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Thus, in summary, an overall solution to the financial problem, according to Hambro's proposals, would involve $146.5 million in waivers and offsets and new cash contributions of about $42.5 million to liquidate the deficit and retire the bonds. Since it is unlikely that all members would waive the debts owed them by the UN, the new cash requirement would probably be closer to $50 million.
$69. 6 Bond issue to be amortized..
Waivers of peacekeeping debts-
34. O 17. 3 79. O 16. 2
146.5 42. 5-50
Subtotal Net Cash Requirement--Mr. DE PALMA. In essence, he is looking for a way both to wipe out
deficit and to deal with those items in the regular budget which are causing a problem because the Soviets and some others refuse to pay their share. He wants an adjustment in both those matters and also some cash payments. His total package involves paying off the U.N. bonds at their remaining value. To do these things there would have to be contributions on the order of $40 to $50 million in fresh money. In our view, this is money which is owed by those who caused the deficit.
The argument is over who is going to put up the money. So far, the French have put up $3.9 million. That is the only new contribution that has been made, and this happened just recently. This is not adequate, in our view, but it is a step in the right direction. The Soviets have not offered any contribution. The matter is not closed, the discussions will continue, but we don't yet see a solution.
Mr. FRASER. Could you comment on the assertion that the fact that the charter specified the National Government of China as a member, made that Government's status subject to a regular expulsion procedure!
Mr. DE PALMA. Mr. Chairman, we had to deal with that argument extensively in the course of the Chinese representation discussion. I think one simple but perhaps graphic way of making the point is that if the Republic of China had changed its name, I don't think anybody would have argned that it no longer belonged on the Security Council. The names given to the members by the charter are the names that they had at the time the charter was drafted. Other countries have changed their names and have not caused any fuss in the United Nations. The point is that the large majority of U.N. members looked upon this as a representation problem. The question was who represents China and the fact that the Republic of China happened to be named in the U.N. Charter as the Government representing China at that time obviously was not persuasive with the majority. It now felt that a change had to be made.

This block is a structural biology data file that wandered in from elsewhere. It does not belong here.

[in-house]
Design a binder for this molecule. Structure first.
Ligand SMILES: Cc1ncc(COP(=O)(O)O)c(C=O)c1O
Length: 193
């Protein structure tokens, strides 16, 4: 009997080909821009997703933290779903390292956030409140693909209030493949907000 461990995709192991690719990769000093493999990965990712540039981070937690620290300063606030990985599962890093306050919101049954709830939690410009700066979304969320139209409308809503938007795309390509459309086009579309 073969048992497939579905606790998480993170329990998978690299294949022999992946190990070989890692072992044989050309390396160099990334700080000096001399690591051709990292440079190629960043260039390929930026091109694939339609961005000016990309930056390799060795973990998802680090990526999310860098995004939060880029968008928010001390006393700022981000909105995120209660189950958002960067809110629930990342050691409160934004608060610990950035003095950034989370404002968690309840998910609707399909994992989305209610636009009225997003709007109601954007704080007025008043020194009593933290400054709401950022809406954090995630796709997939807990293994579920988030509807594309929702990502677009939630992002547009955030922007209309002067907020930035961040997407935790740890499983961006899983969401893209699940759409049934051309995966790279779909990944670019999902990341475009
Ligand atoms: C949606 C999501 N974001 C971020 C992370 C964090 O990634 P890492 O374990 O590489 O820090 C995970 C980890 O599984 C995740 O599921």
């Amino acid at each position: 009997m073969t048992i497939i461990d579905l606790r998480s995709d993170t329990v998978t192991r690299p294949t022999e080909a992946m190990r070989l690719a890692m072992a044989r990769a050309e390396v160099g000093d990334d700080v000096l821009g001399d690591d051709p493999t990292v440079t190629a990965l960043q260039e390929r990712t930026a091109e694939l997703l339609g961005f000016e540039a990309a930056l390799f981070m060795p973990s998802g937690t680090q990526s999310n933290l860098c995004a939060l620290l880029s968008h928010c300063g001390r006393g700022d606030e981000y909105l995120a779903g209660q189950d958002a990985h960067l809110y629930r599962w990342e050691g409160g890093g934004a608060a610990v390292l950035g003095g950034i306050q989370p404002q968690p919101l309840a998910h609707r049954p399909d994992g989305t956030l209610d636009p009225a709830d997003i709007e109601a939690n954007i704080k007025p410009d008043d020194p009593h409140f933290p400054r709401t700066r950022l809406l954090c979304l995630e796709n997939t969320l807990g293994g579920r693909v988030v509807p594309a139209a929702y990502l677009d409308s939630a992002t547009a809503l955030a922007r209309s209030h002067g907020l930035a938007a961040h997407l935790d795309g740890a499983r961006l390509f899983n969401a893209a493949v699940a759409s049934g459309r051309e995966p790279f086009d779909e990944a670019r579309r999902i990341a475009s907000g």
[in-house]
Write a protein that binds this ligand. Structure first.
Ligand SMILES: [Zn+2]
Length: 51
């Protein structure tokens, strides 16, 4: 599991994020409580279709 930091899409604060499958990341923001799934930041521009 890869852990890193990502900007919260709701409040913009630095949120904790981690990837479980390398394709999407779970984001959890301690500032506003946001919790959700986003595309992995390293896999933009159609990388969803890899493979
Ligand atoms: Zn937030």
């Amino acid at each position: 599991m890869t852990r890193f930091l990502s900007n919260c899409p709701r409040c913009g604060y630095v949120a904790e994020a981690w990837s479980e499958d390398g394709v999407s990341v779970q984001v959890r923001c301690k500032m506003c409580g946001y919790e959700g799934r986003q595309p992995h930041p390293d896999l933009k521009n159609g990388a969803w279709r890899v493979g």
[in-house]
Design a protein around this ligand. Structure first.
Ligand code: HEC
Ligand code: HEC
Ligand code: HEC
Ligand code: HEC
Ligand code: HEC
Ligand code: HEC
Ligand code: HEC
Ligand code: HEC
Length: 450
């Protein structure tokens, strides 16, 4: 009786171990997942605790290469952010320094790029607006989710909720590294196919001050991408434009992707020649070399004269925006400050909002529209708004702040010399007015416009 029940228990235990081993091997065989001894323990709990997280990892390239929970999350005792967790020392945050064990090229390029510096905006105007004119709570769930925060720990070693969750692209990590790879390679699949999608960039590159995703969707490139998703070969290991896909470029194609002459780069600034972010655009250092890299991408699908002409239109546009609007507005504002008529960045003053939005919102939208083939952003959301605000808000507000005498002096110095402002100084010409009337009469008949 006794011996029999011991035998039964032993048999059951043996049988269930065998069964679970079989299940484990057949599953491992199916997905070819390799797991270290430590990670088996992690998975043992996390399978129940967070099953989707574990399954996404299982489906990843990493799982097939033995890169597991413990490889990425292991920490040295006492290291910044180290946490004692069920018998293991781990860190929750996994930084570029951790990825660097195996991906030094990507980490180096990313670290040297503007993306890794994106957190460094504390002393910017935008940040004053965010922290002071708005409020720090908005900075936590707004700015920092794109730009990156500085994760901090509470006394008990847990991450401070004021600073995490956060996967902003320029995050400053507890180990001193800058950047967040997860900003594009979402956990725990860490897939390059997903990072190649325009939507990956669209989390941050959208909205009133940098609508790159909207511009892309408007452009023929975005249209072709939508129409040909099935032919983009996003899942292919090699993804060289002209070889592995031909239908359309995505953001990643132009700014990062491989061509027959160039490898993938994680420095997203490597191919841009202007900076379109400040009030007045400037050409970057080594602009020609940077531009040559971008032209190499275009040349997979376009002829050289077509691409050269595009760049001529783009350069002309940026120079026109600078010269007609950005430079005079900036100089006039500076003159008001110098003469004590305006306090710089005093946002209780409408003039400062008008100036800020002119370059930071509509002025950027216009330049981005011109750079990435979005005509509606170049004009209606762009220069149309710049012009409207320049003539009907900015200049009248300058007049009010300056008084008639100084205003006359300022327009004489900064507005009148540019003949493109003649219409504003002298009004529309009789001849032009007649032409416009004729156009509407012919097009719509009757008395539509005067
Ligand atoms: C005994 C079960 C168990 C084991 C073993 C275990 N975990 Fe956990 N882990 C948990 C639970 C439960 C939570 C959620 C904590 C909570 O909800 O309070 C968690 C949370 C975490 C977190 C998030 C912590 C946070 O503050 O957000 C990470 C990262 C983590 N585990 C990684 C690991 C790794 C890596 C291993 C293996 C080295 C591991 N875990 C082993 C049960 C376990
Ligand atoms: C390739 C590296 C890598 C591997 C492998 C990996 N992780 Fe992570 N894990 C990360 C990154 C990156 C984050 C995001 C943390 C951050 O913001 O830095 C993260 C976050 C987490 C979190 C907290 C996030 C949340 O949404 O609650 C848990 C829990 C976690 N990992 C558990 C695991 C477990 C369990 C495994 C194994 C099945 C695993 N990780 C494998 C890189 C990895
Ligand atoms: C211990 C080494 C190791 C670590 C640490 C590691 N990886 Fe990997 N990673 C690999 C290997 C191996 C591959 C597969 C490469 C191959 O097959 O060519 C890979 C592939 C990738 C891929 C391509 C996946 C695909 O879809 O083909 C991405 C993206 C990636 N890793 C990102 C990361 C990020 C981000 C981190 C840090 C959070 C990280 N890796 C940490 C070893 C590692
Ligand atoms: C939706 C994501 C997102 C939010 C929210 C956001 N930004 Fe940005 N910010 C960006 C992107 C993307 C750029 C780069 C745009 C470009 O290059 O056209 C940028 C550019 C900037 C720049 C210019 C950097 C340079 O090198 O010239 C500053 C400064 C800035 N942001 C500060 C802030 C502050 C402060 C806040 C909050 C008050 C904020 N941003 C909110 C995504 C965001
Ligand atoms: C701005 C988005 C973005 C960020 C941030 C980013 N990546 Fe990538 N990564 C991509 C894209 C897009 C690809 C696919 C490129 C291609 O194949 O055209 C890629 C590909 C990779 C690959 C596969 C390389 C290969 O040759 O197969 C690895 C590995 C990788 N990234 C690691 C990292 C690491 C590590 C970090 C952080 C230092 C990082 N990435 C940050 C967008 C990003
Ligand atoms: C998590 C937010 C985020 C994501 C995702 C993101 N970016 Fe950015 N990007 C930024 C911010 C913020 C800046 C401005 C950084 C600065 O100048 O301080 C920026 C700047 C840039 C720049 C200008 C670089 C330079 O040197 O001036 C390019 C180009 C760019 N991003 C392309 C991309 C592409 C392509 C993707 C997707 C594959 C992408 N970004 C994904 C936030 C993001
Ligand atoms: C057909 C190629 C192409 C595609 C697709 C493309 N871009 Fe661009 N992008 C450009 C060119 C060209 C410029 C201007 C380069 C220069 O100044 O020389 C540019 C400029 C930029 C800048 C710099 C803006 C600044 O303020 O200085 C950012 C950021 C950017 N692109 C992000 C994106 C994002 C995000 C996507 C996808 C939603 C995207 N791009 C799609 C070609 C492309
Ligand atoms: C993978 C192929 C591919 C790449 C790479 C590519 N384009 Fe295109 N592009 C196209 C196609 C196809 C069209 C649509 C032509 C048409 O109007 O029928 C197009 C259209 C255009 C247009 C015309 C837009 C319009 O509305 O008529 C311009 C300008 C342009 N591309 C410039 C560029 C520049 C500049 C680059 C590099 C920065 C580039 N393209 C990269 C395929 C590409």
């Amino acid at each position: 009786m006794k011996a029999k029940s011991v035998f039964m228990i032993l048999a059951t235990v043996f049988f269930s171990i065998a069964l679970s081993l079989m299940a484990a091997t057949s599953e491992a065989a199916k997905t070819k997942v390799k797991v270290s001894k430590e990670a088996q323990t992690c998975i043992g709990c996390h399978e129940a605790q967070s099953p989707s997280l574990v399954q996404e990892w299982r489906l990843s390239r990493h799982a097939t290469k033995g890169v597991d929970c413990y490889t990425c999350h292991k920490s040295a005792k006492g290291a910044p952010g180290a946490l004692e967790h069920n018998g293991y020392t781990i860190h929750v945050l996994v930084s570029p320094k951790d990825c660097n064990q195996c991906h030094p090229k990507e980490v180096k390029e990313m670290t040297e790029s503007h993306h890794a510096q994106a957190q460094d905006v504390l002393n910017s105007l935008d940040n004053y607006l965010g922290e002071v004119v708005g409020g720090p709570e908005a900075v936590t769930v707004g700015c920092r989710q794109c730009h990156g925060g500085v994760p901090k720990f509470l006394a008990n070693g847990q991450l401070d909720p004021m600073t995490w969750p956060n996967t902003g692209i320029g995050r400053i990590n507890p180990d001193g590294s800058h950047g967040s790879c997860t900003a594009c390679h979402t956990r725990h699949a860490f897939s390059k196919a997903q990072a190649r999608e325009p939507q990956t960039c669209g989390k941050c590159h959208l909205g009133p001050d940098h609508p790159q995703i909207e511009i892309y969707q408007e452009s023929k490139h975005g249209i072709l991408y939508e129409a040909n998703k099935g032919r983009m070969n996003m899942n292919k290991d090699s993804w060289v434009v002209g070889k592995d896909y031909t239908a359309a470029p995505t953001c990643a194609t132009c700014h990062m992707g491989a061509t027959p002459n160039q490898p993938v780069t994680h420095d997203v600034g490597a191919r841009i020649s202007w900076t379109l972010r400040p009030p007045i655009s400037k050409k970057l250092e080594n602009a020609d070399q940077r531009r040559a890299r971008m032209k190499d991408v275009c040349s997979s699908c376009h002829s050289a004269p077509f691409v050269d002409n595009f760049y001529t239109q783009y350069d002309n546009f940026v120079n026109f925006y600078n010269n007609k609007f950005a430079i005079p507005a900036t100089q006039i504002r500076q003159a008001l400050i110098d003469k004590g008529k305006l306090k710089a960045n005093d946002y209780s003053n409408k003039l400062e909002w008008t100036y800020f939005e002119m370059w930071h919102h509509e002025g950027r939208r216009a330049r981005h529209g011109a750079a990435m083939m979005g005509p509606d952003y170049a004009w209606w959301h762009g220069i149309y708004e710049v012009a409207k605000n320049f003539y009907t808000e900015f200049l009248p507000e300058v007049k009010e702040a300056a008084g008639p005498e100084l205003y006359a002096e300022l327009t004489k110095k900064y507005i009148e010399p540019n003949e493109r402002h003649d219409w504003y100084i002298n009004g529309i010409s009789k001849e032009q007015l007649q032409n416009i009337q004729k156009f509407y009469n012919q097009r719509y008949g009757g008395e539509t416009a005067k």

We, ourselves, did not feel that this particular point was an argument which carried sufficient weight for us to make it part of our presentation to the Assembly.
Mr. FRASER. Were there any of our NATO Allies who voted with us in our final vote on the Albania question?
Mr. De Palma. As you indicated, Portugal voted with us on the important question vote.
Mr. FRASER. Biit on the final vote?
Mr. FRASER. If you don't have the list here, you could put it in the record.
Mr. De Palma. May I do that, please?
VOTES OF NATO MEMBERS ON ALBANIAN RESOLUTION No other NATO members voted with the United States against the Albanian resolution. Two members, Greece and Luxembourg, abstained. The rest voted in favor of this resolution. The Federal Republic of Germany is, of course, not a member of the United Nations.
Mr. FRASER. Well, I think that covers the questions I had, Mr. Secretary. I think vour statement has been very useful. I want to say for myself that I think that your stated objective of reducing the U.S. assessed contribution and setting the target of achieving a 25-percent level is a wise one.
I, myself, would like to see the United States remain a strong supporter of the United Nations, but I do believe that for a lote of reasons that the 25-percent figure would make more sense. I am particularly impressed with the value of lessening the dependence of the U.N. on any one member, particularly when we have shown in the recent votes a willingness to disregard certain treaty obligations that stem from the U.N. Charter. I would hate to see the U.N. jeopardized by the actions of any nation which might undertake from time to time to cut back on its contribution, so I think a lessening of the dependency of the U.N. on the United States is a wise move, and I hope that you